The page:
Philadelphia Zoo Balloon, Grounded For Good

February 5, 2014 | by Bradley Maule


The Zoo Balloon has joined The Lioness and Frank Furness in the afterlife | Photo: Bradley Maule

The Zoo Balloon has joined The Lioness and Frank Furness in the afterlife | Photo: Bradley Maule

On the same day the USS Forrestal set off on her final voyage—to a Texas scrapyard—Mother Nature sucked out the last breath of the Channel 6 Zoo Balloon. This winter’s snowfall after snowfall proved too much for the striped, tethered balloon, the second of two balloons the Zoo employed as a high rising attraction.

It was really getting up there | Photo: Bradley Maule

It was really getting up there | Photo: Bradley Maule

Manufactured by England-based Lindstrand Hot Air Balloons, the Zoo Balloon had a life expectancy of 5–7 years. The first balloon, with a giraffe motif, lasted six years, operating from 2002-08. In 2009, the Zoo unveiled the second balloon, featuring a tiger stripe design to coincide with the launch of Big Cat Falls and the Zoo’s 150th anniversary. This year would have been the second balloon’s seventh year, but the months long accumulation of snow and below freezing temperatures were more than the balloon could handle.

“It was a shock to us all,” said the zoo’s Chief Marketing Officer Amy Shearer this morning. “We weren’t prepared for such a fast farewell.”

Despite having a plan for removing snow from the balloon, the breadth of this winter’s snowfall combined with the balloon’s age expedited the retirement. “We just began teeing up our press information and meeting with WPVI to plan a ceremony [to be held after Labor Day], and we’d just started letting our members know,” Shearer said of informing the public of the zoo’s plans for the balloon.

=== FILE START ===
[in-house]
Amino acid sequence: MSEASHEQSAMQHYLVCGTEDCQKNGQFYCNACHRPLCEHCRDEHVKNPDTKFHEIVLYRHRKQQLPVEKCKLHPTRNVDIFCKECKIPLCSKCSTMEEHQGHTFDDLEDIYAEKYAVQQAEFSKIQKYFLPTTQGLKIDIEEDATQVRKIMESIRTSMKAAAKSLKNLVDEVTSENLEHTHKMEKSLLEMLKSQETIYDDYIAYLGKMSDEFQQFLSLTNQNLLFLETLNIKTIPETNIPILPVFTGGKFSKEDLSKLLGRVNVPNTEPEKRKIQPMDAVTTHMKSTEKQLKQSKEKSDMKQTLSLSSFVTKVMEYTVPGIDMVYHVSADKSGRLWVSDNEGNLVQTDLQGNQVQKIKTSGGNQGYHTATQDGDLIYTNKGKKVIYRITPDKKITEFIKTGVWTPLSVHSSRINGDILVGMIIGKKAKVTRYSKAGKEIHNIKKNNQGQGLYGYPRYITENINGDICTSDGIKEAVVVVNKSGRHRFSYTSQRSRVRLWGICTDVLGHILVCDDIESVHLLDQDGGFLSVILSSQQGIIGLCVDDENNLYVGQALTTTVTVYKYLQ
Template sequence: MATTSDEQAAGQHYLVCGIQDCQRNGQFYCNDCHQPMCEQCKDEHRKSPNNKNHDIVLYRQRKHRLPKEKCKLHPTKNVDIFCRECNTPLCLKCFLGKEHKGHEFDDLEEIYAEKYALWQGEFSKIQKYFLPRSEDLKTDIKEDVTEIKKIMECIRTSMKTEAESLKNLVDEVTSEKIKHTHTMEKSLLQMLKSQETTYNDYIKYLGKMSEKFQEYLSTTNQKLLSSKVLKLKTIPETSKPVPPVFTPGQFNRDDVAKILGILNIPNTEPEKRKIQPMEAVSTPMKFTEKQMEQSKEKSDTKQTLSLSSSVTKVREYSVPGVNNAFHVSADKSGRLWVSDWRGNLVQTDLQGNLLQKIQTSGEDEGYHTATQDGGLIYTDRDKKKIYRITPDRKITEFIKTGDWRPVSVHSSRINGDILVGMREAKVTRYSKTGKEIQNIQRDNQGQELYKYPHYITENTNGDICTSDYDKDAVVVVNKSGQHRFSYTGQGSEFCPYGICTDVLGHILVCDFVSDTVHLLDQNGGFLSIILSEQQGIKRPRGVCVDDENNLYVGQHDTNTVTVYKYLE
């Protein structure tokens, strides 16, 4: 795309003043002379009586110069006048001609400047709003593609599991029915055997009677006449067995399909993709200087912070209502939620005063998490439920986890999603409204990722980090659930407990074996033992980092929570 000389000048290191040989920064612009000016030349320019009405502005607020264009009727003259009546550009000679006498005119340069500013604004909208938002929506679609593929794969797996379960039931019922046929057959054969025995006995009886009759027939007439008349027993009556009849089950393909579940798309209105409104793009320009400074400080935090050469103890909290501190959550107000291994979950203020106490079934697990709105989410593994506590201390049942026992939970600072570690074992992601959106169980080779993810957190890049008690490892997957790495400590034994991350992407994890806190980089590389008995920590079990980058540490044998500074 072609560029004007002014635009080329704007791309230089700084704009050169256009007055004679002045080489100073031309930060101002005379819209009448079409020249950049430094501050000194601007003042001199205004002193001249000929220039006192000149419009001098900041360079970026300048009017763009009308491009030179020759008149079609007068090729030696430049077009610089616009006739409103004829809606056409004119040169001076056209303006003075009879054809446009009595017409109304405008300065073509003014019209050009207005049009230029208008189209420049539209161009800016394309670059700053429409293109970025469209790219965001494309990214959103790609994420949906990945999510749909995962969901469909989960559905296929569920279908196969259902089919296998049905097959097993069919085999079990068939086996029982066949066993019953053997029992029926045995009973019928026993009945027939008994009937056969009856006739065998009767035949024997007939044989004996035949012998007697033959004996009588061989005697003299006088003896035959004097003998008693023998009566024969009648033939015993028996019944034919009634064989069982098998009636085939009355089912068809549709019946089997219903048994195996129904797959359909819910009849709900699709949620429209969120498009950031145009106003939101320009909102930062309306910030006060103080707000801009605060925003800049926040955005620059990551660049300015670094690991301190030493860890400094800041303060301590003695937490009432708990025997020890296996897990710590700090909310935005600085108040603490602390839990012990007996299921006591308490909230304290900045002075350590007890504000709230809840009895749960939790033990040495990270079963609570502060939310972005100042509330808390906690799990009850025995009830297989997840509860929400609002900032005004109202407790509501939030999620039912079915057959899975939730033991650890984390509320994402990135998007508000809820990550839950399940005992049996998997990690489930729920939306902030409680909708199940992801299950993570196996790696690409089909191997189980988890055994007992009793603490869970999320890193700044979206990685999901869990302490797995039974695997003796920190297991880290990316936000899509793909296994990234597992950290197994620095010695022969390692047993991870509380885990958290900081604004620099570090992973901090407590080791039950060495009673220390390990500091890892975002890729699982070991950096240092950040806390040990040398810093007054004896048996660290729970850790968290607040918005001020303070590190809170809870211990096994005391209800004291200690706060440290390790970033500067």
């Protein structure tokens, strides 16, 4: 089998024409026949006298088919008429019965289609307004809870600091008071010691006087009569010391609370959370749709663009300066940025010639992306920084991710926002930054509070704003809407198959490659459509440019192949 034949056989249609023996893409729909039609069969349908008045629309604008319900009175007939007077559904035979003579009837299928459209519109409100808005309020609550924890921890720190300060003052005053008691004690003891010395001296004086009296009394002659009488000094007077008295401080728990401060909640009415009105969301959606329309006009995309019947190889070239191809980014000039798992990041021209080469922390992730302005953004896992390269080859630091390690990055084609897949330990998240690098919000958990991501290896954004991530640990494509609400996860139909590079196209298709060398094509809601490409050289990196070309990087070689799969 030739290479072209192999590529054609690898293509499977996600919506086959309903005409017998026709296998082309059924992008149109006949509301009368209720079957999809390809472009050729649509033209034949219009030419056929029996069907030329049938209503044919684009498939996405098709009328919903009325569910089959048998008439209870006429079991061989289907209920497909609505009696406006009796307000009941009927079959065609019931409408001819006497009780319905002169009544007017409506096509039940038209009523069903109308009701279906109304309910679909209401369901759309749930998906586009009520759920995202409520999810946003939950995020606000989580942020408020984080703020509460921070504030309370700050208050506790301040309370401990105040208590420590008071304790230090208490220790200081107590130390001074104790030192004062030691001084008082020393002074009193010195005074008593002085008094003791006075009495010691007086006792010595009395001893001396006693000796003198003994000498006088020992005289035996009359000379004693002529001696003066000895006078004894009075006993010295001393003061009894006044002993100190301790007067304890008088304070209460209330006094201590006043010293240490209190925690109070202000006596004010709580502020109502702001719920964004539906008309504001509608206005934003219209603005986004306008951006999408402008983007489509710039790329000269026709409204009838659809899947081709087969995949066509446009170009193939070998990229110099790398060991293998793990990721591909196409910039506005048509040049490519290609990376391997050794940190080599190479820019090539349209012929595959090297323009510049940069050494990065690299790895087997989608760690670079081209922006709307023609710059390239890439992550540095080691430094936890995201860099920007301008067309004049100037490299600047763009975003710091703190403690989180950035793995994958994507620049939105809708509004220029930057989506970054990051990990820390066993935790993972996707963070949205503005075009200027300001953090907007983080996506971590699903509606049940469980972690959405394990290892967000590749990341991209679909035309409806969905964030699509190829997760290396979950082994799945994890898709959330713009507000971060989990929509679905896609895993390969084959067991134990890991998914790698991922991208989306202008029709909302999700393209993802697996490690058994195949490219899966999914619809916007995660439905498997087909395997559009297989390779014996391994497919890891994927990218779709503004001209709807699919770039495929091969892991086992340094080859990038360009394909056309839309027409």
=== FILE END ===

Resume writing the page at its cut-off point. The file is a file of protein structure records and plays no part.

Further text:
What now? This all happened so fast that the zoo is figuring that out on the fly. “We weren’t yet sure if a third balloon would be brought on, as our Guest Experience Master Plan just began,” she explained, saying a decision would be made later this year. Needless to say, with the 42-acre zoo hemmed in by I-76 and the very busy Amtrak-SEPTA-NJT train tracks, the Zoo Balloon occupied desirable real estate.

Shearer did, thankfully, indicate that the balloon’s cadaver would not occupy a landfill. “We own the balloon, so we have a variety of options to consider; we just need to determine the best use for all that material,” she said.

Channel 6 Zoo Balloon's inaugural season, 2002, with neighboring Boathouse Row | Photo: Bradley Maule

Channel 6 Zoo Balloon’s inaugural season, 2002, with neighboring Boathouse Row | Photo: Bradley Maule

Since its first flight in 2002, the Channel 6 Zoo Balloon carried approximately 228,000 riders (including this writer at least three times) 400′ in the air, for views of the skyline, Schuylkill River and Expressway, Fairmount Park and West Philly, and beyond. With a roughly 100′ diameter, the top of the balloon rose 500′ in the air, about the same height as 1818 Market, the 11th tallest building in town.

“It was such an iconic part of our landscape,” lamented zoo Communications Director Dana Lombardo. “[Yesterday] was a sad day for all of us.”

On top of being the first zoo to offer balloon rides as a tourist attraction (at the first zoo in America), the Zoo Balloon had good superlative company. Per Lindstrand, founder of the Zoo Balloon’s manufacturer of the same name, took the first ride in the Zoo Balloon with Zoo and Channel 6 executives, and he accompanied Richard Branson in his transoceanic balloon flights (including the attempt to circumnavigate the Earth). The first manned balloon launch in America happened in 1793, when Frenchman Jean-Pierre Blanchard demonstrated his balloon with President George Washington, Vice President John Adams, and Thomas Jefferson and James Madison in attendance. Blanchard’s balloon launched from the Walnut Street Jail, sailed across the Delaware River, and landed in Deptford, New Jersey.


About the Author

Bradley Maule Bradley Maule is a former co-editor of the Hidden City Daily and the creator of Philly Skyline. He's a native of Tyrone, Pennsylvania, and he's hung his hat in Shippensburg, Germantown, G-Ho, Fishtown, Portland (Oregon), Brewerytown, and now Mt. Airy. He just can't get into Twitter, but he's way into Instagram @mauleofamerica.

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